Man injected with HIV virus, credits his faith to forgive his father
ST. LOUIS (KTVI) – It was a story that made international headlines, a St. Louis area baby injected with the HIV tainted blood by his father who didn’t want to pay child support.
More than 20 years later, Brryan Jackson is amazed by his health, but his positive spirit and faith.
Brryan’s story seemed unbelievable in 1992, when he was just 11 months old, his father, a hospital technician, injected him with HIV tainted blood.
The goal was to kill Brryan so he could avoid paying child support.
“Anyone in my condition would die in three months they gave me five,” said Brryan Jackson.
But Brryan has defied the odds, even after developing full blown aids at the age of five. The road to get where he is now has been bumpy. When he was a toddler the side effects of one of his many medications robbed him of 70 percent of his hearing.
Brryan also says the misinformation about his disease bred cruelty in the classroom.
But today at the age of 22, Brryan is not afraid and he’s not angry. He’s even forgiven his father who could be released from prison in just a few years.
“I think there is salvation for everyone, and I find myself praying for my father’s salvation.”
Brryan credits his Christian faith for his positive attitude, and since his early teens, he has used his diagnosis to reach out to others; especially to children.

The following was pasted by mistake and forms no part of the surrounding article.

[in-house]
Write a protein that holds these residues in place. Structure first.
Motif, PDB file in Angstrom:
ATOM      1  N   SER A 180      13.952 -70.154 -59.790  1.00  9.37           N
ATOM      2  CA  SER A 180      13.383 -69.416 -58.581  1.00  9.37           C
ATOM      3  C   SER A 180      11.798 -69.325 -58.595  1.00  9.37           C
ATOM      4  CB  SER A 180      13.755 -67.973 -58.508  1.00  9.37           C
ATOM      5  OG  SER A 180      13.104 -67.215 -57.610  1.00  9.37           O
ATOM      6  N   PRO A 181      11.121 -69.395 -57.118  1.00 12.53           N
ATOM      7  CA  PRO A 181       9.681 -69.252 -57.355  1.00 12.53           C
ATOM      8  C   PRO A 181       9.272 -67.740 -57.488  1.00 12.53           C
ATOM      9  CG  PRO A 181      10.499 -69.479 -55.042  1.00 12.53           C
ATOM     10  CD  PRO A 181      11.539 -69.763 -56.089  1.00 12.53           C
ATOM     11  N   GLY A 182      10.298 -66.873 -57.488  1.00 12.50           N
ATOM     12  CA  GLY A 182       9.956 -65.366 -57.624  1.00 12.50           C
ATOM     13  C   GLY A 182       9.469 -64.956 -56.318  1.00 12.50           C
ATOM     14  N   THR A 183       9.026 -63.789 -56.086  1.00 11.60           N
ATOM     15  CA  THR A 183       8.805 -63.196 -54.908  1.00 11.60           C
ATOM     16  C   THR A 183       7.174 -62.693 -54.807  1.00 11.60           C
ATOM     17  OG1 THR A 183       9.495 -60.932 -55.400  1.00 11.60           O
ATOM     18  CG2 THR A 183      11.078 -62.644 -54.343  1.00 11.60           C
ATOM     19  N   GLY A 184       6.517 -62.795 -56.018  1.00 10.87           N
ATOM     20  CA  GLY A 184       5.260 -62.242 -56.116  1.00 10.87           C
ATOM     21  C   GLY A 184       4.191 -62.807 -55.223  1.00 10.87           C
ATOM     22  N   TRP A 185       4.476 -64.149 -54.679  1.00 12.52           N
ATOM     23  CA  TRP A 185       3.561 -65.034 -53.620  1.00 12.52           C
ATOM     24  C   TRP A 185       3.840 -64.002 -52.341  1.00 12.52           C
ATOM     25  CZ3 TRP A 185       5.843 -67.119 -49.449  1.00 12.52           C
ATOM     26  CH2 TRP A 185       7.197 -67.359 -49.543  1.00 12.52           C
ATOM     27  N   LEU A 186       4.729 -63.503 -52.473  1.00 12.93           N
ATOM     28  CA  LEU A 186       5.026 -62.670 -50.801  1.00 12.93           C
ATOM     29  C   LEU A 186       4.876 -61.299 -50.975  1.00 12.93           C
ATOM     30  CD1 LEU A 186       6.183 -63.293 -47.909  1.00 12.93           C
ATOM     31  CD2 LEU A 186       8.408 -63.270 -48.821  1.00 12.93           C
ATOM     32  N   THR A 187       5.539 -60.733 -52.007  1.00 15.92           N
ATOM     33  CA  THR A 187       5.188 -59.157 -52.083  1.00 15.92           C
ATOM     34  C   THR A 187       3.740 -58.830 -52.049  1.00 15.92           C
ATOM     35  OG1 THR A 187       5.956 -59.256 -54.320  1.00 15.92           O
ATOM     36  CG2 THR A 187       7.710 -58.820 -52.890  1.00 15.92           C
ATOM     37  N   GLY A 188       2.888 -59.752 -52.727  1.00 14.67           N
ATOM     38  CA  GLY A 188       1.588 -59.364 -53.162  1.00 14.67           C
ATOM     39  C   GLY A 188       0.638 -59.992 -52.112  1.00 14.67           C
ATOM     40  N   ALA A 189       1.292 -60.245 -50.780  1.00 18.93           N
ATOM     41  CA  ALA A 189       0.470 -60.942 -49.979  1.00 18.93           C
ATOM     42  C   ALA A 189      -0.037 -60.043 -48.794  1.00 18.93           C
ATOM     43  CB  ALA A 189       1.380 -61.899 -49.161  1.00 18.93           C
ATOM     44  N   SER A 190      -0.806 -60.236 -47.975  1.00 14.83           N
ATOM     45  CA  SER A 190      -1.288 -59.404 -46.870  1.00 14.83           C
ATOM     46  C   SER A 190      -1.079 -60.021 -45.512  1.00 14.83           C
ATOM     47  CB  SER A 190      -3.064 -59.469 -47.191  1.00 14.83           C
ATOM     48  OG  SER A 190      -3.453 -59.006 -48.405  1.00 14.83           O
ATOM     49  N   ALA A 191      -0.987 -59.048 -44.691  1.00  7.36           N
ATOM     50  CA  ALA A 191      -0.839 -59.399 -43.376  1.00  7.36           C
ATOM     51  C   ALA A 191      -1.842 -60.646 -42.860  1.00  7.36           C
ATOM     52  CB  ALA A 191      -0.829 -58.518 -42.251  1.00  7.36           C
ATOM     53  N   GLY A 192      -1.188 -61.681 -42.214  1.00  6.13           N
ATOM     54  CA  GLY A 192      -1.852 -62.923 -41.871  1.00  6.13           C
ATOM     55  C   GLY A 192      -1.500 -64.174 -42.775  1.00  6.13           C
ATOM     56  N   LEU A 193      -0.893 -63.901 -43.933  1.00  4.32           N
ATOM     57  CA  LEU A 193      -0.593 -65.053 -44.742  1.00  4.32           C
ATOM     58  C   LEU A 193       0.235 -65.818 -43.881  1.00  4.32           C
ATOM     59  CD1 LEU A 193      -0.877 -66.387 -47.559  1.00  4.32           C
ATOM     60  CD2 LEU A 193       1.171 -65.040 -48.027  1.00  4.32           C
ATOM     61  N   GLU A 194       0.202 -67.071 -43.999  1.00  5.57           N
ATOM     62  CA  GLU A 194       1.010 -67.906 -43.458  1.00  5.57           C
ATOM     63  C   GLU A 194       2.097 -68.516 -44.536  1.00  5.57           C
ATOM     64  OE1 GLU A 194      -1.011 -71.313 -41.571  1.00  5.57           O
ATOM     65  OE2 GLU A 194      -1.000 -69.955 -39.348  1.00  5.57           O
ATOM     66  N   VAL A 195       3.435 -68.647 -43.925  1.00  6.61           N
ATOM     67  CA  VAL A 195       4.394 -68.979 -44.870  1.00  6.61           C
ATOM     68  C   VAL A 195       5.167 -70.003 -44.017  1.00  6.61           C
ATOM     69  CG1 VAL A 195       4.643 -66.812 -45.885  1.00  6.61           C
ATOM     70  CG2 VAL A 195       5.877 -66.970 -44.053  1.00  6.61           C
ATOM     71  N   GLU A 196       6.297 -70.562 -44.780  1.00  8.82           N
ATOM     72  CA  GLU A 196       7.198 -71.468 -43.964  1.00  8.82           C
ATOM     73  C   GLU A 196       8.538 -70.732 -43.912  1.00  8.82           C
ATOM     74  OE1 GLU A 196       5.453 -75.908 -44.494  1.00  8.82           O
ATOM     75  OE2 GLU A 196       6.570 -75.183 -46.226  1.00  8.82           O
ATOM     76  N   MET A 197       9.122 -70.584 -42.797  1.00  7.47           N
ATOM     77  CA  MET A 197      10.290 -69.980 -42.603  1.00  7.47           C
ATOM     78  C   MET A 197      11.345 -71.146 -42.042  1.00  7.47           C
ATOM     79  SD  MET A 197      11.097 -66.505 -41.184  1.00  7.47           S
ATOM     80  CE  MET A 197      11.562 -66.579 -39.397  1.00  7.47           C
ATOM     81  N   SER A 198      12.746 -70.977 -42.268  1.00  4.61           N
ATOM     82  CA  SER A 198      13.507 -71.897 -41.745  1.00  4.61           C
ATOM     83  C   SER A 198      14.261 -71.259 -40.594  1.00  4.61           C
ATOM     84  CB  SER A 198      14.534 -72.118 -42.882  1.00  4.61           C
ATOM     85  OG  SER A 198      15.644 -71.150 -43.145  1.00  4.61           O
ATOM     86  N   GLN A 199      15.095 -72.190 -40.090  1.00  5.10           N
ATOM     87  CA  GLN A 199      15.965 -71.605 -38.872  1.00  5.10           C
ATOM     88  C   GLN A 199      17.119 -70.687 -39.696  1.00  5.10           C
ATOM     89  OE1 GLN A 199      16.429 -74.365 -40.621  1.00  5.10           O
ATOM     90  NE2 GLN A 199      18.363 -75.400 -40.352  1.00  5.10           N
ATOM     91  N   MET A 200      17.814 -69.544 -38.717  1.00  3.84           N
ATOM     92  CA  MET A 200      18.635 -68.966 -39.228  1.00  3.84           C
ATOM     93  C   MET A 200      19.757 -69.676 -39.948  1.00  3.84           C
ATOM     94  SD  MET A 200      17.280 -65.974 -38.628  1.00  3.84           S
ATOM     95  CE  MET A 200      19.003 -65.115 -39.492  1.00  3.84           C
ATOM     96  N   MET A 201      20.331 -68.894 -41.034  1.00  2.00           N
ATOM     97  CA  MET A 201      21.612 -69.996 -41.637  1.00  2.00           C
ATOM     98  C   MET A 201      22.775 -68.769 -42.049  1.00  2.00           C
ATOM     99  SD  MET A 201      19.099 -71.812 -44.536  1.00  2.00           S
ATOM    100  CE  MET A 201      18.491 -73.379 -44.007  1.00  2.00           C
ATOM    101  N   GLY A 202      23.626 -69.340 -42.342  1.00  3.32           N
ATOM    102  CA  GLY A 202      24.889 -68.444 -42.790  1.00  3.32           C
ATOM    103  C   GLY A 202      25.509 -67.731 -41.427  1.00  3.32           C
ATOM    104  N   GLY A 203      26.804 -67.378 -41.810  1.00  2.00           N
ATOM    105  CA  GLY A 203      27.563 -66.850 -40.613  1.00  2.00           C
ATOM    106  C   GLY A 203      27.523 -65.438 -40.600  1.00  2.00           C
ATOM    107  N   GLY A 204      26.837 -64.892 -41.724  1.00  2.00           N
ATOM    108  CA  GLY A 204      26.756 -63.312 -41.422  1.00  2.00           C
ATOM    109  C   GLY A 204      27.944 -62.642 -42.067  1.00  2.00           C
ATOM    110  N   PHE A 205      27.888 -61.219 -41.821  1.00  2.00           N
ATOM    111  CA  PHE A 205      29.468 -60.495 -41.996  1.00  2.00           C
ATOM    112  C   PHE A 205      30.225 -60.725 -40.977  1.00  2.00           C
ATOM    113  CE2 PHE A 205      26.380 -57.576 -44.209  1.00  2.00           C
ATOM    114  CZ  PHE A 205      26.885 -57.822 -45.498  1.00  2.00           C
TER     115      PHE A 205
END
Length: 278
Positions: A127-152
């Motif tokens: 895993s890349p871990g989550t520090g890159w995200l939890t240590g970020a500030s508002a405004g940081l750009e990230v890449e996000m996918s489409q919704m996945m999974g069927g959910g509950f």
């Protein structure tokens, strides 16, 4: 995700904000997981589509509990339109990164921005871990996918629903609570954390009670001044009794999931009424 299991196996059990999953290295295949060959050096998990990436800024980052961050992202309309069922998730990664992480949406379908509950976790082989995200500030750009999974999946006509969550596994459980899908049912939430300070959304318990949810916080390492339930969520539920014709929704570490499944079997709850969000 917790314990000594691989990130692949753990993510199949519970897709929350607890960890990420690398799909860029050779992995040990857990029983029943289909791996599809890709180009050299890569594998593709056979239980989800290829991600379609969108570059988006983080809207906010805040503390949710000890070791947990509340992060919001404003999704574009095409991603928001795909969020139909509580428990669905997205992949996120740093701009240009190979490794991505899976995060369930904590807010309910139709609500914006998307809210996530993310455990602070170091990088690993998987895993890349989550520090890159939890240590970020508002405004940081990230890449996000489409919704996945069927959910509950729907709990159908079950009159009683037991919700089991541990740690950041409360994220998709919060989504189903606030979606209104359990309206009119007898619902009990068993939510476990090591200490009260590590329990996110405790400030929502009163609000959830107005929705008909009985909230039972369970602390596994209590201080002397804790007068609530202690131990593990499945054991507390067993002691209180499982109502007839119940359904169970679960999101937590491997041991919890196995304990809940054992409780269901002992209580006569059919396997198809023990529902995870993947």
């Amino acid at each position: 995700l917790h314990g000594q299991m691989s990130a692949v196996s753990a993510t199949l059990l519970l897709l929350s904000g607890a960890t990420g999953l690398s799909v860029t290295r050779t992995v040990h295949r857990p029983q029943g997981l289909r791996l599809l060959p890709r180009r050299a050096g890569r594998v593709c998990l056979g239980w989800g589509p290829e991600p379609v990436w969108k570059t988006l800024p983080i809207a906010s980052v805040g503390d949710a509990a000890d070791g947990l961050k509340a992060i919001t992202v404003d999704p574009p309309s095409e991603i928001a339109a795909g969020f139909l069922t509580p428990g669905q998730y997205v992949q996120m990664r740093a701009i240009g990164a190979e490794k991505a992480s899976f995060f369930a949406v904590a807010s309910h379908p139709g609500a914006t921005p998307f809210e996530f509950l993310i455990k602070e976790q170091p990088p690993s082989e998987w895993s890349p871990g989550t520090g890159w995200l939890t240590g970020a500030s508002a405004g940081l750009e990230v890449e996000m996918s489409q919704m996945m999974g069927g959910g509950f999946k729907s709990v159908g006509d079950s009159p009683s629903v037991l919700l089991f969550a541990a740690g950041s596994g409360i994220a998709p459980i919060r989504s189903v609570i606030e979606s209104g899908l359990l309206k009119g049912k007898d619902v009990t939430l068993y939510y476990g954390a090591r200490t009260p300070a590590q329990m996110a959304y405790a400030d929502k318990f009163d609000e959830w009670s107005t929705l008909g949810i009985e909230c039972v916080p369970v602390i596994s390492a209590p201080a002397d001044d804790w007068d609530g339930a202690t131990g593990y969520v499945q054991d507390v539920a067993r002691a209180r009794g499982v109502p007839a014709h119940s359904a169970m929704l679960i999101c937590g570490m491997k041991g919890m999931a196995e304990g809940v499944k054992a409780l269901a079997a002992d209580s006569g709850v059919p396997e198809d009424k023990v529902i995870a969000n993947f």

His work even caught the attention of the Nickelodeon channel, which honored him with its prestigious halo award. But Brryan says there was a point in his life when he was suicidal.
“I had three knives in front of me but I realized there is hope, and it’s not about what you have it’s what you can give.”
Brryan is still in college and is considering a career in church ministry or politics.
He’s even thought about attending medical school.
- Police identify two motorcyclists killed in Wentzville accident
- "The Crocodile Hunter" Steve Irwin’s last words revealed in interview
- Sandwich Suspension: 2-year-old girl punished by daycare over cheese sandwich
- Company denies drug to dying child, family turns to social media
- Motorcyclist killed in Jefferson County crash identified